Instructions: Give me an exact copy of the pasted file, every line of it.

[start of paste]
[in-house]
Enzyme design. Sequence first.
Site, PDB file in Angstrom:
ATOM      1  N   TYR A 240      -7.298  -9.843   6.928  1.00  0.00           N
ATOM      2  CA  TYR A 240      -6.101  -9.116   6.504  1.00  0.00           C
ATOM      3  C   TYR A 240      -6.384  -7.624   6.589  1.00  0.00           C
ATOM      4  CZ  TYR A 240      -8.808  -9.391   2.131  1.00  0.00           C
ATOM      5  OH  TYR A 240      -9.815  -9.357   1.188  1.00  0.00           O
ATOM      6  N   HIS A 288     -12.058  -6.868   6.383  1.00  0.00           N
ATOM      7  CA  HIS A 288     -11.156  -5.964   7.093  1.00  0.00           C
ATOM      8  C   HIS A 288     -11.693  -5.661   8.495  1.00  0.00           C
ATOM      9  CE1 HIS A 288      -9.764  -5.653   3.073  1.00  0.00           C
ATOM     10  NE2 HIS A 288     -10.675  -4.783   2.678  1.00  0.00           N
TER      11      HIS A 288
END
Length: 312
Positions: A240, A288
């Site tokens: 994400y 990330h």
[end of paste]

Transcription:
[in-house]
Enzyme design. Sequence first.
Site, PDB file in Angstrom:
ATOM      1  N   TYR A 240      -7.298  -9.843   6.928  1.00  0.00           N
ATOM      2  CA  TYR A 240      -6.101  -9.116   6.504  1.00  0.00           C
ATOM      3  C   TYR A 240      -6.384  -7.624   6.589  1.00  0.00           C
ATOM      4  CZ  TYR A 240      -8.808  -9.391   2.131  1.00  0.00           C
ATOM      5  OH  TYR A 240      -9.815  -9.357   1.188  1.00  0.00           O
ATOM      6  N   HIS A 288     -12.058  -6.868   6.383  1.00  0.00           N
ATOM      7  CA  HIS A 288     -11.156  -5.964   7.093  1.00  0.00           C
ATOM      8  C   HIS A 288     -11.693  -5.661   8.495  1.00  0.00           C
ATOM      9  CE1 HIS A 288      -9.764  -5.653   3.073  1.00  0.00           C
ATOM     10  NE2 HIS A 288     -10.675  -4.783   2.678  1.00  0.00           N
TER      11      HIS A 288
END
Length: 312
Positions: A240, A288
């Site tokens: 994400y 990330h």